R&R Journal of Public Economics.
Joint with Alberto Chong.
We provide evidence of the Peltzman effect, which predicts that individuals who are required to wear protective gear offset the benefits by taking additional risks. The Ice Hockey visor is a protective devise whose use is mandatory in some leagues and not in others. We compare players who always wear a visor with players who only wear one when required to. Due to differences in league regulations, as the latter group of players change leagues their use of the visor changes too, which allow us to estimate the effect of mandatory visor use on behavior. We find that mandatory visors substantially increase risky behavior. Due to their risky and aggressive behavior on the ice rink, players obliged to wear a visor are penalized 0.18 additional minutes per game. This is a large effect. In our sample the average number of penalty minutes per player per game is 0.8. The estimated effects are not driven by characteristics of players, playing style, or differences in the penalization standards of different leagues.
Joint with Daniel Mejia.
This paper explores the effects of cocaine booms on violence in Colombia during the period of 1990 to 2011. We exploit variation across municipalities in their suitability for cocaine production and variation over time in the demand for Colombian cocaine. Our suitability, based on a survey of coca farmers, depends on the altitude, erosion, soil aptitude, and precipitation of a municipality. The measure of external demand combines proxies for consumption in the U.S. with other forces that shape the demand for Colombian cocaine, including changes in enforcement in transit countries and other source countries. We find that increases in the external demand for Colombian cocaine creates cocaine booms in municipalities that have a high suitability for coca cultivation. In these communities homicides increase significantly both in the short and the long run. We argue that, on the whole, these cocaine booms would not have caused violence if cocaine was legal. To support this claim, we show that cocaine booms bring violence independently of state presence; while booms in other commodities (cocoa, sugar cane and palm oil) typically reduce violence, except in a few communities where state institutions are too weak.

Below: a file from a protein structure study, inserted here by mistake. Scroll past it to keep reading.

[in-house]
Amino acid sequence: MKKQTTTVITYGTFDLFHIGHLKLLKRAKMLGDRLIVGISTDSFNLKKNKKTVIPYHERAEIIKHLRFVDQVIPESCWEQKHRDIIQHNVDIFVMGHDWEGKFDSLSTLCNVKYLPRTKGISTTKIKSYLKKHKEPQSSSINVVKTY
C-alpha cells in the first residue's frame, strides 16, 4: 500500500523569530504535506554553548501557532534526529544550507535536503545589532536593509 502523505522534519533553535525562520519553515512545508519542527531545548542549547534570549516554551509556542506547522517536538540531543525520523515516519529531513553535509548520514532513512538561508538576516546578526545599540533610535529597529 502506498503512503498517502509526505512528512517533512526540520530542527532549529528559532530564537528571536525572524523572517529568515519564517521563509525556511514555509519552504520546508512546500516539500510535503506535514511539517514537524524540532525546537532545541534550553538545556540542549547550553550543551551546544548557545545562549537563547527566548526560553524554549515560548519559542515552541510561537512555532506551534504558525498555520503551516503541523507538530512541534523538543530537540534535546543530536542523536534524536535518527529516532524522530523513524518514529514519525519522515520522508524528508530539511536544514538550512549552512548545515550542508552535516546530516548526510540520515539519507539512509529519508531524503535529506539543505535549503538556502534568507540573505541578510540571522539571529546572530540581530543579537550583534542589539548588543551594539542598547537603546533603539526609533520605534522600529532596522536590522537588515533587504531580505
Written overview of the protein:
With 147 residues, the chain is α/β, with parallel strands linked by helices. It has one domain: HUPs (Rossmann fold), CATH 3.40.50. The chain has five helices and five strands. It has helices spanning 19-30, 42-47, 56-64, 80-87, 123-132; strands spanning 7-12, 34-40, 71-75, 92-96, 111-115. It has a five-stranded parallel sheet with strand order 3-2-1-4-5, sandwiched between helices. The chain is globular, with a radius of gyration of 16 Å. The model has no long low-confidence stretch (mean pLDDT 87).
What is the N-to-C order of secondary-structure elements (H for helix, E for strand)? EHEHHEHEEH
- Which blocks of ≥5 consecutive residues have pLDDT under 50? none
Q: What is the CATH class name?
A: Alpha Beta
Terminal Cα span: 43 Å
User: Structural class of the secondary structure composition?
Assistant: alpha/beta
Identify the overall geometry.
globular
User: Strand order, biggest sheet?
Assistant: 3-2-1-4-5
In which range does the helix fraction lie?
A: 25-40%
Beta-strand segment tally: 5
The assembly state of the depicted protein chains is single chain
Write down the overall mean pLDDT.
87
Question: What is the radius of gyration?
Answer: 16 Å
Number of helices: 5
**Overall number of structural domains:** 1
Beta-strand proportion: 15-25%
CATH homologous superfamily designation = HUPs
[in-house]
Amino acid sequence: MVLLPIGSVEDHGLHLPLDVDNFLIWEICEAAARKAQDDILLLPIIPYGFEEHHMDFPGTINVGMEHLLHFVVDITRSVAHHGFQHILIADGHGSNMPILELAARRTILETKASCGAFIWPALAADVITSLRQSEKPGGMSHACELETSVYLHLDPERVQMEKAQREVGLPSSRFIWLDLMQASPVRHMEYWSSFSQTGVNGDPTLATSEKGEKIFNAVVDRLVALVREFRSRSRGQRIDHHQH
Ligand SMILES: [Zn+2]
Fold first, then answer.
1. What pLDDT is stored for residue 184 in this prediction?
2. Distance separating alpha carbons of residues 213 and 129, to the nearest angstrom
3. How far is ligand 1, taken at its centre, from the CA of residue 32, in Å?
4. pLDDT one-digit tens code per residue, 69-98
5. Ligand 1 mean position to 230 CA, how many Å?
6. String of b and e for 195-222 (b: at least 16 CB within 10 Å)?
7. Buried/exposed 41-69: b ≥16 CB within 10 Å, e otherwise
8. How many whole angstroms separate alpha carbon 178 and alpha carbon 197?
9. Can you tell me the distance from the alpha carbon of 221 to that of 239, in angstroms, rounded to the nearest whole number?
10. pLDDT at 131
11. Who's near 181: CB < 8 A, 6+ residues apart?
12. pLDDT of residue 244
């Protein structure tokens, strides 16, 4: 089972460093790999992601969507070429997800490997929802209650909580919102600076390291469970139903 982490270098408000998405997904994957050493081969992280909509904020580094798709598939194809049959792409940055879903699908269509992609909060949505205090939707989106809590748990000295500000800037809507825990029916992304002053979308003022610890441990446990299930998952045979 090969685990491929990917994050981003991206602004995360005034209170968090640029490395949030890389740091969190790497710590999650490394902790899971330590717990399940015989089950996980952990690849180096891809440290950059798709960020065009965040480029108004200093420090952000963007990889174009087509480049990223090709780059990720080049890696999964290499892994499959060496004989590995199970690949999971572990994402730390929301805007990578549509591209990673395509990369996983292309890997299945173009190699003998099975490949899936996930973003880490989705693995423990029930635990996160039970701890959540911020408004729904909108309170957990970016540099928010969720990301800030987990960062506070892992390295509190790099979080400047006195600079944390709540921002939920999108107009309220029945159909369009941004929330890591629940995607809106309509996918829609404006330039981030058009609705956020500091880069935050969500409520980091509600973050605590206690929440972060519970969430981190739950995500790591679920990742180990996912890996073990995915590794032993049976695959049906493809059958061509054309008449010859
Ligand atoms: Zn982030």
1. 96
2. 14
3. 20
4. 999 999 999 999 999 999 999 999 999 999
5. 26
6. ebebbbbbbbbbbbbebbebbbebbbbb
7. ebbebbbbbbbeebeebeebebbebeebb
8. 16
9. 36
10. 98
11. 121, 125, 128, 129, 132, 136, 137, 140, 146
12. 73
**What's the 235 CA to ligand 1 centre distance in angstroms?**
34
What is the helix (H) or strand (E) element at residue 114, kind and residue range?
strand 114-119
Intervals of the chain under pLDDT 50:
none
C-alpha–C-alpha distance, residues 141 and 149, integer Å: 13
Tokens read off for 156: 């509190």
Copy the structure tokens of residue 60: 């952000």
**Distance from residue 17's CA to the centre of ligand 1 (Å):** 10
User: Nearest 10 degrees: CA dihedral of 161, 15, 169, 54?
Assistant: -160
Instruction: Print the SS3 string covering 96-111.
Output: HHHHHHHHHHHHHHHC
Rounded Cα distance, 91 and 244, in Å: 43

Joint with Daniel Mejia and Juan Camilo Castillo.
This paper explores if scarcity increases violence in markets without a centralized authority. We construct a model in which temporal supply shortages increase contested revenues and induce more violence. To test our model we examine the cocaine trade in Mexico. Scarcity created by cocaine seizures in Colombia – Mexico’s main supplier – increases violence in Mexico, especially in municipalities near the U.S. border, in municipalities with multiple cartels, and where crackdowns on the cocaine trade are more frequent. We conclude that between 2006 and 2009, a sharp decline in the cocaine supply from Colombian could account for 10%-14% of the increase in violence in Mexico and 25% of the differential increase in Mexico’s North.